CHAPTER IV. THE SOUTH (1820-1830)
In the decade which forms the subject of this volume, no section underwent more far-reaching changes than did the group of South Atlantic states made up of Maryland, Virginia, the Carolinas, and Georgia, with which this chapter will deal under the name of the south. Then it was that the south came to appreciate the effect of the westward spread of the cotton-plant upon slavery and politics. The invention of the cotton-gin by Eli Whitney, [Footnote: Am. Hist. Review, III., 99.] in 1793, made possible the profitable cultivation of the short-staple variety of cotton. Before this, the labor of taking the seeds by hand from this variety, the only one suited to production in the uplands, had prevented its use; thereafter, it was only a question of time when the cotton area, no longer limited to the tidewater region, would extend to the interior, carrying slavery with it. This invention came at an opportune time. Already the inventions of Arkwright, Hargreaves, and Cartwright had worked a revolution in the textile industries of England, by means of the spinning-jenny, the power-loom, and the factory system, furnishing machinery for the manufacture of cotton beyond the world's supply.[Footnote: M. B. Hammond, Cotton Industry, chaps, i., ii.; Von Halle, "Baumwollproduktion," in Schmoller, Staats und Social- wissenschaftliche Forschungen, XV.] Under the stimulus of this demand for cotton, year by year the area of slavery extended towards the west. In the twenties, some of the southern counties of Virginia were attempting its cultivation; [Footnote: Va. Const. Conv., Debates (1829-1830), 333, 336; Martin, Gazetteer of Va. and D. C. (1836), 99.] interior counties of North Carolina were combining cotton-raising with their old industries; in South Carolina the area of cotton and slavery had extended up the rivers well beyond the middle of the state; [Footnote: Schaper, "Sectionalism and Representation in S. C.," in Am. Hist. Assoc. Report, 1900, I., 387- 393.] while in Georgia the cotton planters, so long restrained by the Indian line, broke through the barriers and spread over the newly ceded lands. [Footnote: Phillips, "Georgia and State Rights," in Ibid., 1901, II. 140 (map).] The accompanying table shows the progress of this crop: It is evident from the figures that tidewater South Carolina and Georgia produced practically all of the cotton crop in 1791, when the total was but two million pounds. By 1821 the old south produced one hundred and seventeen million pounds, and, five years later, one hundred and eighty millions. But how rapidly in these five years the recently settled southwest was overtaking the older section cotton crop (in million pounds)[Footnote: Based on MacGregor, Commercial Statistics, 462; cf. De Bow's Review, XVII., 428; Von Halle, Baumwollproduktion, 169; Secretary of Treasury, Report, 1855-1856, p. 116. There are discrepancies; the figures are to be taken as illustrative rather than exact; e.g., De Bow gives seventy million pounds for Mississippi in 1826.] [Table omitted] is shown by its total of over one hundred and fifty millions. By 1834 the southwest had distanced the older section. What had occurred was a repeated westward movement: the cotton-plant first spread from the sea-coast to the uplands, and then, by the beginning of our period, advanced to the Gulf plains, until that region achieved supremacy in its production.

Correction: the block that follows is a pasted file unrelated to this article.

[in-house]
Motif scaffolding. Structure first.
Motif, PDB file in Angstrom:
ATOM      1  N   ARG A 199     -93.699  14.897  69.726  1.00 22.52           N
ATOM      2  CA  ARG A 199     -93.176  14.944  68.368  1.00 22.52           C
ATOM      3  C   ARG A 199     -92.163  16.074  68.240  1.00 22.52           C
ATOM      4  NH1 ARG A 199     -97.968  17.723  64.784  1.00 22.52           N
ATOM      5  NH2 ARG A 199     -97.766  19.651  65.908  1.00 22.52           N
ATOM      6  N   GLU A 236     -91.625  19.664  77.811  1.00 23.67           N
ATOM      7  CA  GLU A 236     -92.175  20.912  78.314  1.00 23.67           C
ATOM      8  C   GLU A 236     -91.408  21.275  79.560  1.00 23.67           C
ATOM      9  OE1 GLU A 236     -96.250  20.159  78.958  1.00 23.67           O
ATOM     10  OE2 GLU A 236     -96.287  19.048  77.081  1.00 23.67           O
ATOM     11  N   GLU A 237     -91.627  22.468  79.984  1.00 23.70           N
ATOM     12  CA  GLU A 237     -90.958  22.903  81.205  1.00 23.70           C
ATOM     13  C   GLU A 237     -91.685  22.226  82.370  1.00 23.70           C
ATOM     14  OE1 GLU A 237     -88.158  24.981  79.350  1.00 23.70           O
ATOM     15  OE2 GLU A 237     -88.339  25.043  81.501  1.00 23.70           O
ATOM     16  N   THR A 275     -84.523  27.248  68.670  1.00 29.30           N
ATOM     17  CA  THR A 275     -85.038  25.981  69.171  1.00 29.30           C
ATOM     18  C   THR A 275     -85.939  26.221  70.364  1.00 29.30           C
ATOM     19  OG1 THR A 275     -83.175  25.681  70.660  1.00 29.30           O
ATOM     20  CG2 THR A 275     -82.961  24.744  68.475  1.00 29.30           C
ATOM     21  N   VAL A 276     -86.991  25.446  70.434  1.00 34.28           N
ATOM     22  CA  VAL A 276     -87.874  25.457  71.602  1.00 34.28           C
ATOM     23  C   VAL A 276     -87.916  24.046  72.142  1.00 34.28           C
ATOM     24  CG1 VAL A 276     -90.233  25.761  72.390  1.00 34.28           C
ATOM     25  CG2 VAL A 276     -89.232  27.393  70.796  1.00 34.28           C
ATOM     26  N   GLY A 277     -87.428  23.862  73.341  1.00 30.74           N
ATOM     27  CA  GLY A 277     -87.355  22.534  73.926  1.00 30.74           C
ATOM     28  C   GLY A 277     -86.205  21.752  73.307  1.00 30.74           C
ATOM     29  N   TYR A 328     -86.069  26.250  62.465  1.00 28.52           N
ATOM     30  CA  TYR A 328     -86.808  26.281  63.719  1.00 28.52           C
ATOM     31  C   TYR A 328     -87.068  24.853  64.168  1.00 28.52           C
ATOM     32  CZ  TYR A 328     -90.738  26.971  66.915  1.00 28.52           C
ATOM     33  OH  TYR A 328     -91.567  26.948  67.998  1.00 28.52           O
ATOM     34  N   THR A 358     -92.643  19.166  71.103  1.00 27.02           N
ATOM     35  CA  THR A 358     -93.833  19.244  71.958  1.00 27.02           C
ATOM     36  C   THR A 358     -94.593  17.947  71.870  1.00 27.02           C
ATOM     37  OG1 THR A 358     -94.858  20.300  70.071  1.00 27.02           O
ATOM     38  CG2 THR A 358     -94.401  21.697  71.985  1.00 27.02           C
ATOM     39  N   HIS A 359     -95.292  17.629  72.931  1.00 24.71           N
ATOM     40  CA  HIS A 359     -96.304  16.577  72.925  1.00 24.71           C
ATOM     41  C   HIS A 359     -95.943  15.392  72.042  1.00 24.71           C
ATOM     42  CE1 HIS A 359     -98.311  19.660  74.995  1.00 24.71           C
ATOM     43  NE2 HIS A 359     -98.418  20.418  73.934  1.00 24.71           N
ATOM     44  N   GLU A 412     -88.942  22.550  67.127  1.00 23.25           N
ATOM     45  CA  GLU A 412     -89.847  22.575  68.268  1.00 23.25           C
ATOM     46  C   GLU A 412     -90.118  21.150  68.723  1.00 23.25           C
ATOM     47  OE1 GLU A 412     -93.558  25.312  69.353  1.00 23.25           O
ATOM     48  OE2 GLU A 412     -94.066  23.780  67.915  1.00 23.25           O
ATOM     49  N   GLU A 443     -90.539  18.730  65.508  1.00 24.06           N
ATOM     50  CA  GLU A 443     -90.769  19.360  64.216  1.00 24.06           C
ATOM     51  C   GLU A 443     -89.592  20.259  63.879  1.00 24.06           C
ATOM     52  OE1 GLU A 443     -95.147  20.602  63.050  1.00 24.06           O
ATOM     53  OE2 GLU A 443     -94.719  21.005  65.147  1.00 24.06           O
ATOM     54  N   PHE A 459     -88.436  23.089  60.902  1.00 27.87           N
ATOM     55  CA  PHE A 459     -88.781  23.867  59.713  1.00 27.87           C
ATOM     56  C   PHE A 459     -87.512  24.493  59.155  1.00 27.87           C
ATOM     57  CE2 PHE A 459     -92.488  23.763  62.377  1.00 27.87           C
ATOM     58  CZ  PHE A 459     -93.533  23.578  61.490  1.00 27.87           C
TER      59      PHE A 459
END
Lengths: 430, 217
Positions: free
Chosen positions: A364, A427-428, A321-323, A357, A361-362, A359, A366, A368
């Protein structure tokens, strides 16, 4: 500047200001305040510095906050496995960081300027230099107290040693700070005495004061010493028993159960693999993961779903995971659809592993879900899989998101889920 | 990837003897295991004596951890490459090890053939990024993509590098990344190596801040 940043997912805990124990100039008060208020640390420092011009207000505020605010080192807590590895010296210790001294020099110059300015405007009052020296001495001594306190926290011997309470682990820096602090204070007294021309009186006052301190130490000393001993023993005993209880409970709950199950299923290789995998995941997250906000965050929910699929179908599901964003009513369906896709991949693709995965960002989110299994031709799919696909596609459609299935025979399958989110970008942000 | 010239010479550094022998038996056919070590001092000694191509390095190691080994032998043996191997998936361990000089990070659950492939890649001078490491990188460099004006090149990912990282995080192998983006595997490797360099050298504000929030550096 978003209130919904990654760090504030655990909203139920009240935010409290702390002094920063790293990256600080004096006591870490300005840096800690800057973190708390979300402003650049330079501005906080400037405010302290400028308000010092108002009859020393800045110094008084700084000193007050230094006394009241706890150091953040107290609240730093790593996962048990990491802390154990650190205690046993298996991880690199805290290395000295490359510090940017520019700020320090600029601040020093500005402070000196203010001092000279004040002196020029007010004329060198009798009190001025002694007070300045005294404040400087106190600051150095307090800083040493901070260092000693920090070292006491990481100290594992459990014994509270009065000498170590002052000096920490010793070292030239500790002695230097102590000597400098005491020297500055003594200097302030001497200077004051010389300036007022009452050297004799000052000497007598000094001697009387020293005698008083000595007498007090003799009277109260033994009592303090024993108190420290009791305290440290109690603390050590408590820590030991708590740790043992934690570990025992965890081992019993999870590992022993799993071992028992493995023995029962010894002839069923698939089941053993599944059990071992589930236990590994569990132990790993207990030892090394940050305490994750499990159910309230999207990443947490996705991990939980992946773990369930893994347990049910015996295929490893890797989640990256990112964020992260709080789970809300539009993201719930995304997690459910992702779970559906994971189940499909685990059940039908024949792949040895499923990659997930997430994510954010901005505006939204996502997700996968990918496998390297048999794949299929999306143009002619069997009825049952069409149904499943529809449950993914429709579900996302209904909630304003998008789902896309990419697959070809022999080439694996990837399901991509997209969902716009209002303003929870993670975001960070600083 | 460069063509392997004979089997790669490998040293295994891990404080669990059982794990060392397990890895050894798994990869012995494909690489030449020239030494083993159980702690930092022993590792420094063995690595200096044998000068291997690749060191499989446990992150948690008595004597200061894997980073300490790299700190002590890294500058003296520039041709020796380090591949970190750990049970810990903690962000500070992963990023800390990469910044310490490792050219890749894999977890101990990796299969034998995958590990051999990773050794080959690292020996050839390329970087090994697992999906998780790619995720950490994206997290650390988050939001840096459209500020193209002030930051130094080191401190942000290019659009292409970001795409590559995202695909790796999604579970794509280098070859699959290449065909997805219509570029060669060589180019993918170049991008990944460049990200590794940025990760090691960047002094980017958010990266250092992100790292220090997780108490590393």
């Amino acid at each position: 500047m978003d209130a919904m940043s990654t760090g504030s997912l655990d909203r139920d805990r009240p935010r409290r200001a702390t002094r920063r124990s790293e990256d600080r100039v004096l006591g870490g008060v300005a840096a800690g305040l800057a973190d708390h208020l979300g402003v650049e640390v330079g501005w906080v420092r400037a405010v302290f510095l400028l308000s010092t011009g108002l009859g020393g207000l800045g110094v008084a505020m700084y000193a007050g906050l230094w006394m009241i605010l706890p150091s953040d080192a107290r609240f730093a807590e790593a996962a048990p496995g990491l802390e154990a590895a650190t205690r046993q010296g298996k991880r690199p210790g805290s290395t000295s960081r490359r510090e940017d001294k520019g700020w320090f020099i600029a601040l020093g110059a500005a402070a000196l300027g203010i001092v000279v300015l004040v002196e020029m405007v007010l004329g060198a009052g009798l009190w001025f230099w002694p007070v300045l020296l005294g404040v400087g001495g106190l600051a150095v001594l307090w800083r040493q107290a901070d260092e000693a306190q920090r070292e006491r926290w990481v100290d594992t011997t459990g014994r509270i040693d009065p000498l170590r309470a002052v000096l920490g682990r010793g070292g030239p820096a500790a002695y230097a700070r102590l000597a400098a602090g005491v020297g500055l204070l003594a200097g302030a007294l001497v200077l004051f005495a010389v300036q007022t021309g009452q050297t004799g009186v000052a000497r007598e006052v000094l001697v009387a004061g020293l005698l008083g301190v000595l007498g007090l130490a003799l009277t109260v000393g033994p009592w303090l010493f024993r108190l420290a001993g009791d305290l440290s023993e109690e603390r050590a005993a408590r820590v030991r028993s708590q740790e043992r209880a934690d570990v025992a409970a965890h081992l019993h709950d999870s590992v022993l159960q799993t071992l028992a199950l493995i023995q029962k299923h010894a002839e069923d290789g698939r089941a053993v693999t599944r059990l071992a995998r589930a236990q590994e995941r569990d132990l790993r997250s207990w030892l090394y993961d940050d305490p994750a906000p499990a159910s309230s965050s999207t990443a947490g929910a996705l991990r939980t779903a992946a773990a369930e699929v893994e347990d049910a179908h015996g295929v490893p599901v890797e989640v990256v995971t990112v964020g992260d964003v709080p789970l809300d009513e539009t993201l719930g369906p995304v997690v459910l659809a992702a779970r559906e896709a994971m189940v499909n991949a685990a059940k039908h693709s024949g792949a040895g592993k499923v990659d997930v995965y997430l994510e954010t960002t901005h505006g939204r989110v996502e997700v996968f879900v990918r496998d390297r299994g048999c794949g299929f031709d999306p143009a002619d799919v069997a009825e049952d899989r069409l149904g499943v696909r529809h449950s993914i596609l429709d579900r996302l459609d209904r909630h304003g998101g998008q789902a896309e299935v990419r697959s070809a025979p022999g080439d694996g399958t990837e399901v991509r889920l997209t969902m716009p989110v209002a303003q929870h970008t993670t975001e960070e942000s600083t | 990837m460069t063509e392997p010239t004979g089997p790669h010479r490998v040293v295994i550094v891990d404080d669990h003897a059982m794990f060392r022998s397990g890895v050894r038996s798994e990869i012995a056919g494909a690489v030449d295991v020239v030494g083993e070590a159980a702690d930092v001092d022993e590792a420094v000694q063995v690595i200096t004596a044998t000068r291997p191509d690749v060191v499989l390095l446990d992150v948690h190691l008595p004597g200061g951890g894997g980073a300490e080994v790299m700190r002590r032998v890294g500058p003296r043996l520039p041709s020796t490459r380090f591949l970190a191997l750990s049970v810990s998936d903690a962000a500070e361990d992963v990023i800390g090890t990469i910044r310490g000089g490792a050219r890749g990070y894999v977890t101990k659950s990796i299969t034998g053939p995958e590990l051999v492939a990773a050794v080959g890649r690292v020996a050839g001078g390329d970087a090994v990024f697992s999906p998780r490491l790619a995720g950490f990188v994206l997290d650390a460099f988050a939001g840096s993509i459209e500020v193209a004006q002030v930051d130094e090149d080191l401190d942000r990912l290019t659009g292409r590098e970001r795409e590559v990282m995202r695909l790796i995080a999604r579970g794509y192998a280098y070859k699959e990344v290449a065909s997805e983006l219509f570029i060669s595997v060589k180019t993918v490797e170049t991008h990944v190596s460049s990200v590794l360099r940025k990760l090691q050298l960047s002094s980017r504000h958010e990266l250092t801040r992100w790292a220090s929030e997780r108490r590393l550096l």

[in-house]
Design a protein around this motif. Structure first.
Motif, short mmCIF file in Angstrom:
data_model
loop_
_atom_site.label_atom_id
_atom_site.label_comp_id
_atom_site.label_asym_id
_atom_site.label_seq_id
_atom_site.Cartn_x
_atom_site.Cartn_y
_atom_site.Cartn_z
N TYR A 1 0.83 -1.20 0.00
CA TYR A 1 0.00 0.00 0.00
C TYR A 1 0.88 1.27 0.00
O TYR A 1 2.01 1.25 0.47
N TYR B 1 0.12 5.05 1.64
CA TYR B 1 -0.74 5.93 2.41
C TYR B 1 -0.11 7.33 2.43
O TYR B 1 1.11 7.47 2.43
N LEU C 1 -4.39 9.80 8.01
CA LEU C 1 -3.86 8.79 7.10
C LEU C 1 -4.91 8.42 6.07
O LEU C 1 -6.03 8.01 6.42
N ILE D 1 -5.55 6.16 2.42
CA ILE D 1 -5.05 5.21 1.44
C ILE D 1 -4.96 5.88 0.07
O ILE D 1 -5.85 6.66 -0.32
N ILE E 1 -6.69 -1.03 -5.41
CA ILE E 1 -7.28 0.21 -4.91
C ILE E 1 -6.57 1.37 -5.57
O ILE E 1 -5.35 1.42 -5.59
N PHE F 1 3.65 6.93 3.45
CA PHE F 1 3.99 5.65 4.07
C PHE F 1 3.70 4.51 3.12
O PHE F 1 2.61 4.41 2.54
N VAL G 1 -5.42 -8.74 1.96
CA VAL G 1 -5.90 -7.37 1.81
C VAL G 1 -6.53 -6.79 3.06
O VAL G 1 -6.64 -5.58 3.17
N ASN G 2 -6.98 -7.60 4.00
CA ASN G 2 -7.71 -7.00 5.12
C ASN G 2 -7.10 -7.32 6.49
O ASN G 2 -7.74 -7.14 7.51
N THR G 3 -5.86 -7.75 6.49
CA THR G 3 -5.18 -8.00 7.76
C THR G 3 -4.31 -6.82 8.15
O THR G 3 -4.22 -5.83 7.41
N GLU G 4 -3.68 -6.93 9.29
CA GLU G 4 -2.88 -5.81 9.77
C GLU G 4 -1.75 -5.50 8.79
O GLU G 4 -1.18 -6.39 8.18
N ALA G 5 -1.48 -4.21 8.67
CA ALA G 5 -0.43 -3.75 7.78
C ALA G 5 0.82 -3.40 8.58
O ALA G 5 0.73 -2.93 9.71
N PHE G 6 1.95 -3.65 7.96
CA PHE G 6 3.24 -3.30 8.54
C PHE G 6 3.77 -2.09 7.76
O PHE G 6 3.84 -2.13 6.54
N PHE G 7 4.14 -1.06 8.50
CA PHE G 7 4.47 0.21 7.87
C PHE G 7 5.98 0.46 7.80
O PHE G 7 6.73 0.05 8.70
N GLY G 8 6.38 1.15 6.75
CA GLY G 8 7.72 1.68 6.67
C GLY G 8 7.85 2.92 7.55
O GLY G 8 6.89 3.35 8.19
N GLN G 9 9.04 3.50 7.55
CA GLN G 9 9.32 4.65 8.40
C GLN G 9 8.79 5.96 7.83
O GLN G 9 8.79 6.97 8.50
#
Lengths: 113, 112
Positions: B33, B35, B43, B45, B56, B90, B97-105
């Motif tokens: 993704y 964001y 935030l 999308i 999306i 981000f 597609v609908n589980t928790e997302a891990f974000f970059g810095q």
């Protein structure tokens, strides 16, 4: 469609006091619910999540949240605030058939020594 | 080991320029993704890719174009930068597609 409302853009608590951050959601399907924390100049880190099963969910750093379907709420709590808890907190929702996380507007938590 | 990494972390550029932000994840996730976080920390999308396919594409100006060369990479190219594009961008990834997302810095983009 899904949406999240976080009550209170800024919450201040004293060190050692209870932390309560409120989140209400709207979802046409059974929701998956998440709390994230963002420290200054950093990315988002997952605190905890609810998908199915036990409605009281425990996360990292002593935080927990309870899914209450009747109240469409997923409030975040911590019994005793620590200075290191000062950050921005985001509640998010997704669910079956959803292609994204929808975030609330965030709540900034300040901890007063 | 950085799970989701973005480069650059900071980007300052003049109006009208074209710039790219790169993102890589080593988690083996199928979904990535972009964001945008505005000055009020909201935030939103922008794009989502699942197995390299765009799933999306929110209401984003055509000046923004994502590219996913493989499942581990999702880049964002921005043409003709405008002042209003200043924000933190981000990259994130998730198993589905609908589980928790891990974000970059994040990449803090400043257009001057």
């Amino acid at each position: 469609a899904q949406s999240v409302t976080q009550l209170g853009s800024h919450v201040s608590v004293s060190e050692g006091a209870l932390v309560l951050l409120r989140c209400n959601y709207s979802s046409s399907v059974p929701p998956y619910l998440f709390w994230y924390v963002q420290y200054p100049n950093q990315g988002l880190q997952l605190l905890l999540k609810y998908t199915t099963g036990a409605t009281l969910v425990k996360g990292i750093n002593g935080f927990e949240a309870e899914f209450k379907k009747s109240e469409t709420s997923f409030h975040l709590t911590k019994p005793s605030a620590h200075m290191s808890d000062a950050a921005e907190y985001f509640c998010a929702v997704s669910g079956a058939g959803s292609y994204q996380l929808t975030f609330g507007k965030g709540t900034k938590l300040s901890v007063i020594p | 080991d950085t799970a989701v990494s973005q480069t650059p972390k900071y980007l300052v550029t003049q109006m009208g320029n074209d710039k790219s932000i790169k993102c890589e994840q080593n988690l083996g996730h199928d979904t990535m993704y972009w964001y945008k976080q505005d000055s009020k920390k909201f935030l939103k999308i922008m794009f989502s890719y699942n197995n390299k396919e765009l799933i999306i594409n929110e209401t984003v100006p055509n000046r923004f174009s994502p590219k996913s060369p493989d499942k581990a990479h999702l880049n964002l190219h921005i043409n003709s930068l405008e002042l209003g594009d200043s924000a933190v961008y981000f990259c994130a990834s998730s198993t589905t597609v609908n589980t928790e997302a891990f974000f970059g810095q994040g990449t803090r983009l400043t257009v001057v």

How deeply the section was interested in this crop, and how influential it was in the commerce of the United States, appears from the fact that, in 1820, the domestic exports of South Carolina and Georgia amounted to $15,215,000, while the value of the whole domestic exports for all the rest of the United States was $36,468,000. [Footnote: Pitkin, Statistical View (ed. of 1835), p. 57.] This, however, inadequately represents the value of the exports from these two cotton states, because a large fraction of the cotton was carried by the coastwise trade to northern ports and appeared in their shipments. Senator William Smith, of South Carolina, estimated that in 1818 the real exports of South Carolina and Georgia amounted to "more than half as much as that of the other states of the Union, including the vast and fertile valley of the Mississippi." The average annual amount of the exports of cotton, tobacco, and rice from the United States between 1821 and 1830 was about thirty-three million dollars, while all other domestic exports made a sum of but twenty million dollars. [Footnote: Ibid., 518.] Even greater than New England's interest in the carrying-trade was the interest of the south in the exchange of her great staples in the markets of Europe.
Never in history, perhaps, was an economic force more influential upon the life of a people. As the production of cotton increased, the price fell, and the seaboard south, feeling the competition of the virgin soils of the southwest, saw in the protective tariff for the development of northern manufactures the real source of her distress. The price of cotton was in these years a barometer of southern prosperity and of southern discontent. [Footnote: See chap, xix., below; M. B. Hammond, Cotton Industry, part i., App. i.; Donnell, Hist. of Cotton; Watkins, Production and Prices of Cotton.]